Anyone can pursue this route of advocacy. Whether you are volunteering to speak to your neighbors about a proposed construction project, or fighting for LGBT+ equality on behalf of  a national nonprofit, canvassing remains the most essential tool for activists and organizers.

 

In fact, in 2016 LGBT+ activists used a technique called deep canvassing, or in-depth conversations -- generally 10 minutes in length -- about political views led in an open and judgement-free way to fight the deeply ingrained prejudices that prevented progress in the marriage equality movement.

 

Deep canvassing proved to be effective at changing attitudes, and it has laid the groundwork for numerous studies on fighting prejudice through face-to-face interaction.

 

Read more in "What is Deep Canvassing" Here


3. Community Awareness

 

 

Community awareness campaigns are great ways to draw visibility to your nonprofit or community organization, while also educating future members or activists on the issues facing your community.

 

If you’re a campaign junkie, awareness campaigns provide an opportunity to build community over the long-term and keep your volunteers  engaged in off-cycle years.

 

Since 2012, Black Lives Matter has organized national community awareness campaigns, where local clubs come together to canvass neighborhoods and talk to community members about the issues on the top of their agenda, primarily addressing the oppression of black lives in our society.

 

These campaigns are happening in every major city across the country,  increasing visibility, education, and community power. They provide a unique opportunity to engage and educate parts of our communities that have been historically marginalized in the political process, providing an avenue for empowerment and re-engagement.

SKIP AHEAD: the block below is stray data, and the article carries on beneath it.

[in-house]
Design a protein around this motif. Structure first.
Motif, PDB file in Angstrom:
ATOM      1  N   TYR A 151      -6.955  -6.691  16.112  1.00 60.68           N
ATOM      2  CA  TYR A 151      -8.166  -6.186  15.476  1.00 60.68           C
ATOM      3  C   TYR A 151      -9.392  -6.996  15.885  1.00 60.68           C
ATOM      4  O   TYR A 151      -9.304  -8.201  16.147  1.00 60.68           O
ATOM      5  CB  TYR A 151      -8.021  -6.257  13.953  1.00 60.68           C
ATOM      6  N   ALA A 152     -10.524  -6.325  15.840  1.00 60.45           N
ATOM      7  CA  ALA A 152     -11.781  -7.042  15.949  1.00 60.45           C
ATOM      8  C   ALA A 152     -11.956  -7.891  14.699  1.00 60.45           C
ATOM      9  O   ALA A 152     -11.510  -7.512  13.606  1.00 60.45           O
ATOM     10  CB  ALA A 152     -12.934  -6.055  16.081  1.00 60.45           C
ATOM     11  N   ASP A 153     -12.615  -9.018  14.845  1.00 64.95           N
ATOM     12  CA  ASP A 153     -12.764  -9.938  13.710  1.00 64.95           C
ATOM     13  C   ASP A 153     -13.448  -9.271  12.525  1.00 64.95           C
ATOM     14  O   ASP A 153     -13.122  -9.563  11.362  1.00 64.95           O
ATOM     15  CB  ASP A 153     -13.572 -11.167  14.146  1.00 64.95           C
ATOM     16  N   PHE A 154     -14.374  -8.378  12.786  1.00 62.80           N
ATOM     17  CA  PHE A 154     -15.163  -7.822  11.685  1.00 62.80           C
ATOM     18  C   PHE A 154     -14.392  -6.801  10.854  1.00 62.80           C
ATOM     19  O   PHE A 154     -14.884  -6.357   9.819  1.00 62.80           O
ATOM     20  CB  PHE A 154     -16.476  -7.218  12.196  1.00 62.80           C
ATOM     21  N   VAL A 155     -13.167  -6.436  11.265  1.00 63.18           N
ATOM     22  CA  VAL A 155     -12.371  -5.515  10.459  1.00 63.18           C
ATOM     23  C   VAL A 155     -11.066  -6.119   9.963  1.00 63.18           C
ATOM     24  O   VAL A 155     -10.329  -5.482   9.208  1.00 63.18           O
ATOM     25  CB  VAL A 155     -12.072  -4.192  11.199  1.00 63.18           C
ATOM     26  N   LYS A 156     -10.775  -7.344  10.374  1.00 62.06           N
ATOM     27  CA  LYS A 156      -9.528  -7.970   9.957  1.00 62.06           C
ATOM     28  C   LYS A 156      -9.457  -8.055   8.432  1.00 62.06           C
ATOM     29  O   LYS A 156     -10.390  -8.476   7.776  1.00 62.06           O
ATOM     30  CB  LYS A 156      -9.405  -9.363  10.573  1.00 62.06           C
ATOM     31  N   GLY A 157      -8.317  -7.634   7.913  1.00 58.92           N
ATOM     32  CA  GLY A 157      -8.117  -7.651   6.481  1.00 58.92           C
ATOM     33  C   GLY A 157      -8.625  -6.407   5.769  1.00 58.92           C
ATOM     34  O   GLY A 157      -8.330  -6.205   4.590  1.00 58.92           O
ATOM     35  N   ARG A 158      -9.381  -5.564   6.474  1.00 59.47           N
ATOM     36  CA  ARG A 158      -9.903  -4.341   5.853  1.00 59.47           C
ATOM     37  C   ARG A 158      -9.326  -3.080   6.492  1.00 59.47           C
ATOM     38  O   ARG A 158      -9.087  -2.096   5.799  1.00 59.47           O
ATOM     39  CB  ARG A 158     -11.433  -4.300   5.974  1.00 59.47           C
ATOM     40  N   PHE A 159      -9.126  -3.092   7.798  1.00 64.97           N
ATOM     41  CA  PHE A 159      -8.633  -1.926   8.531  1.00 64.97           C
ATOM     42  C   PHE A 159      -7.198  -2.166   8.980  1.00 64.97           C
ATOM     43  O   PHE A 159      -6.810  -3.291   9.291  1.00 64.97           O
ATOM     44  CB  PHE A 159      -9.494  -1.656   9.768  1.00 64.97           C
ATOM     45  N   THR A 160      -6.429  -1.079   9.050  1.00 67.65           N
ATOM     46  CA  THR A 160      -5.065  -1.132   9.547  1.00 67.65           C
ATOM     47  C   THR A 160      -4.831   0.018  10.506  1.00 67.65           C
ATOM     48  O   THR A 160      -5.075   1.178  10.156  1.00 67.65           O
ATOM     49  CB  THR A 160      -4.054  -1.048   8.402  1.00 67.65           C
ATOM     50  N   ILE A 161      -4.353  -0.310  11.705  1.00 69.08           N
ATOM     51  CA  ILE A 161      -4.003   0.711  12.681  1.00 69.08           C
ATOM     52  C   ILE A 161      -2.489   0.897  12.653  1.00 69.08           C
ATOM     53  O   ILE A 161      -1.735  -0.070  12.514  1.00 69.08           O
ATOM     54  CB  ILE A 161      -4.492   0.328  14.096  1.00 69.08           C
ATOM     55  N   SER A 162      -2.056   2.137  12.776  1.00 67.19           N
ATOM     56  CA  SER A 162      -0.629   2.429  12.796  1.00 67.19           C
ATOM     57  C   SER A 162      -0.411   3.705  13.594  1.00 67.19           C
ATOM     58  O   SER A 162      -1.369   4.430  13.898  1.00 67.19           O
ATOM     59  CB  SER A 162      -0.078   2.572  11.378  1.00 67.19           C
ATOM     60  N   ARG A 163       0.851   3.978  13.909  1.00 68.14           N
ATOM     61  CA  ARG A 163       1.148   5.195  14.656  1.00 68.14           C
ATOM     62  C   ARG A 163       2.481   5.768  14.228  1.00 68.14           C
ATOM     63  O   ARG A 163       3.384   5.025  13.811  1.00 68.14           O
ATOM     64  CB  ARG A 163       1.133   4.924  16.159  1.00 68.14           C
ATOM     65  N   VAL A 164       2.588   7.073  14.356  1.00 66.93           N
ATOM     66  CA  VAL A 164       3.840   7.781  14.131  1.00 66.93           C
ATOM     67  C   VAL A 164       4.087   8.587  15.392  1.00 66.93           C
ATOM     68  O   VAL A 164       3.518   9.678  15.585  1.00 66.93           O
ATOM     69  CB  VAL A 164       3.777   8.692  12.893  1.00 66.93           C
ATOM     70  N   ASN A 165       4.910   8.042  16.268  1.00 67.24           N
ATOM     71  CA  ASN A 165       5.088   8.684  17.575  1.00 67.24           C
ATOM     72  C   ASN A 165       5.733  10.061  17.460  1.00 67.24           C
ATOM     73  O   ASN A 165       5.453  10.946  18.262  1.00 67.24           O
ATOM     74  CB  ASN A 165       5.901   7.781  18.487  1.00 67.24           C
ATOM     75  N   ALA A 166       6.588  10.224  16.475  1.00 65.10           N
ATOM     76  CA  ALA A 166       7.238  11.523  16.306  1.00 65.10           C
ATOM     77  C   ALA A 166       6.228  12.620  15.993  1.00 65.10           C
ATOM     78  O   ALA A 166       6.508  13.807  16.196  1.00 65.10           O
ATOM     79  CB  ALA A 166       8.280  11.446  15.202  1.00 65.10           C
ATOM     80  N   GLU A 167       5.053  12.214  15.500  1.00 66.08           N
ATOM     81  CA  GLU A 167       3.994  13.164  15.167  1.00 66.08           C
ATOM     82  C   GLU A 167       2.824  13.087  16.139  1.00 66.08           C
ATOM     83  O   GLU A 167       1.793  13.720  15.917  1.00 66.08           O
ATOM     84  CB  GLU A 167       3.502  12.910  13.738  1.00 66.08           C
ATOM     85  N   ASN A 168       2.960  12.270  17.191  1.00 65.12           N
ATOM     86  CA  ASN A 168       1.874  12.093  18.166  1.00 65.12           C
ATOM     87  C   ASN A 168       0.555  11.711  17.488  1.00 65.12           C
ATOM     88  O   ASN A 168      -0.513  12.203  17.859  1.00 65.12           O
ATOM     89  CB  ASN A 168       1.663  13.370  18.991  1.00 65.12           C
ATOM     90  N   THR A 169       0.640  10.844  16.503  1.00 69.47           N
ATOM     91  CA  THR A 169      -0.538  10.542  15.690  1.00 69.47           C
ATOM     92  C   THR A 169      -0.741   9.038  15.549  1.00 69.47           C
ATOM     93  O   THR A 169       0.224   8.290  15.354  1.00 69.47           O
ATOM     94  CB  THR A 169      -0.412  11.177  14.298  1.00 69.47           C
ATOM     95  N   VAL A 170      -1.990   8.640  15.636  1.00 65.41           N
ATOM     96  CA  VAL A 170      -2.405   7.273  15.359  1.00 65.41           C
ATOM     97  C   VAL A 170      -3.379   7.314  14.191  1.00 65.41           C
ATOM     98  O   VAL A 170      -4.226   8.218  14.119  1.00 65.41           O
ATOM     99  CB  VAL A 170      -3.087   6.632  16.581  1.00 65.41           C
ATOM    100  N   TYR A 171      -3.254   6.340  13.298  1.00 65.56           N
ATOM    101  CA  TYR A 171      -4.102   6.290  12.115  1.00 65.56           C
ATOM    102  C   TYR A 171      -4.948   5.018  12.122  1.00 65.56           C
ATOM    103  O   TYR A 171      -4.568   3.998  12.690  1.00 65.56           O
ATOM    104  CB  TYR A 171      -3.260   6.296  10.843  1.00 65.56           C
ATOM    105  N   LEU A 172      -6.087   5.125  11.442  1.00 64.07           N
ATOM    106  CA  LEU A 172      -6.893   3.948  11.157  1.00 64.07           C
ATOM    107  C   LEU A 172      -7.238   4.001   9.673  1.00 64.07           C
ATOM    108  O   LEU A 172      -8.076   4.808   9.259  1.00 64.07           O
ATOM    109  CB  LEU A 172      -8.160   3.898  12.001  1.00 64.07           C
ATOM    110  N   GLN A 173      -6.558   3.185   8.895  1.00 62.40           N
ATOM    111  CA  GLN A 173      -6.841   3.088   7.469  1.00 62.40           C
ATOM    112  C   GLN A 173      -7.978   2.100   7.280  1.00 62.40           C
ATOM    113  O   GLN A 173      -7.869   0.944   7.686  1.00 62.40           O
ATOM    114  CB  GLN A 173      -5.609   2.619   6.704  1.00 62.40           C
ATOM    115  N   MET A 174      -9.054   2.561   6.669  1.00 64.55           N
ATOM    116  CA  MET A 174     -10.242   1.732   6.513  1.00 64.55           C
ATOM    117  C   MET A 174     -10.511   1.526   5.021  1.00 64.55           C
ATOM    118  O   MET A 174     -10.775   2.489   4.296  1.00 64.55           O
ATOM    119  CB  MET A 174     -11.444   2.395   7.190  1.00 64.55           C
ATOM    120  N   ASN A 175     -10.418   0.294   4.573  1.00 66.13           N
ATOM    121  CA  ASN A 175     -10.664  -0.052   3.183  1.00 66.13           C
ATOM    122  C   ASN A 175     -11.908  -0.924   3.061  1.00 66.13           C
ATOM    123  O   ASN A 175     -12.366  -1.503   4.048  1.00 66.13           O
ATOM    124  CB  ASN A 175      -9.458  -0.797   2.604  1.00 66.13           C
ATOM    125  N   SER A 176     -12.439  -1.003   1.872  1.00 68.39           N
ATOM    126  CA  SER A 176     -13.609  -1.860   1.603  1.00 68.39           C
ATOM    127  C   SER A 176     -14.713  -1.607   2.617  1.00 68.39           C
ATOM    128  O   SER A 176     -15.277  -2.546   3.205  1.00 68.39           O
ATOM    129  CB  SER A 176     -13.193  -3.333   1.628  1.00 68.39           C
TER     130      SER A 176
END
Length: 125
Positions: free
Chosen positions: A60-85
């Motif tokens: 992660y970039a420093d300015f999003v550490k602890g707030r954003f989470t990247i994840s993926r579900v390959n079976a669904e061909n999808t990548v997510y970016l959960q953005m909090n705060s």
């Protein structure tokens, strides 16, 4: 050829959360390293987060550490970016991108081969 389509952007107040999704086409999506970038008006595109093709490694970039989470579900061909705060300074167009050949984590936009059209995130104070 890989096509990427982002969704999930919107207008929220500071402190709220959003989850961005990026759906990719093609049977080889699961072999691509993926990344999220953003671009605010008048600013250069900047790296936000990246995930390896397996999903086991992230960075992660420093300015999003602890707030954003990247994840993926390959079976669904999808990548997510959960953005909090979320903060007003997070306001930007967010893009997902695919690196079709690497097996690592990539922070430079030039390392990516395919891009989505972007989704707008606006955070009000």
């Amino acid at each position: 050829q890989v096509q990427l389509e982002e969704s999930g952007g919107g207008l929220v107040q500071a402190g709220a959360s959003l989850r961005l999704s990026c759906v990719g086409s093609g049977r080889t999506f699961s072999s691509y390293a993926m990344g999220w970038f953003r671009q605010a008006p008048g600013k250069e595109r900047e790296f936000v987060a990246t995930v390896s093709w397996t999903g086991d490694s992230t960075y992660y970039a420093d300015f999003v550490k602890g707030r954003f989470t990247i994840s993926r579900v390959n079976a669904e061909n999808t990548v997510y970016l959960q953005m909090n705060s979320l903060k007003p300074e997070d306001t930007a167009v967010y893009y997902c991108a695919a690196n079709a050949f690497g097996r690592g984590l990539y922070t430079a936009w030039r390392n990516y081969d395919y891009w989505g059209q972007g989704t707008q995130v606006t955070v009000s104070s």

4. Fundraising

 

 

If you’re interested in grassroots fundraising, this is as grassroots as it gets.

 

According to the Center for Popular Democracy, “individuals” donated over $258 billion in 2014, making up 72% of total giving for the year. What’s more, giving from individuals is actually growing at a rate of 4.1 percent -- consistently on the rise over the 5 previous years!

 

Grassroots door-to-door fundraising initiatives are increasingly popular with organizations at all levels, from campaigns to nonprofits.

 

Small-dollar programs are also becoming increasingly popular with state parties and candidates. For example, Senator Bernie Sanders broke small-dollar fundraising records in the 2016 presidential primary with over 60% of the $220 million raised coming from small-dollar, individual donors.


5. Membership Recruitment & Engagement

 

 

As a community or local organization, there’s no better way to increase your membership than grabbing a clipboard (or your smartphone) and hitting the streets!

 

Charter schools have been using this method for years to recruit new students. They have recruited so many former public school students that even public school teachers and parents have begun going door-to-door to increase their own enrollment, forced in large part by these charter school canvassing operations.

 

But public and charter schools are certainly not the only organizations to take advantage of this tactic. Local neighborhood associations, student governments, college clubs, community recreation and sports groups, and Democratic clubs across the country are leveraging door-to-door canvassing to drive their membership recruitment efforts!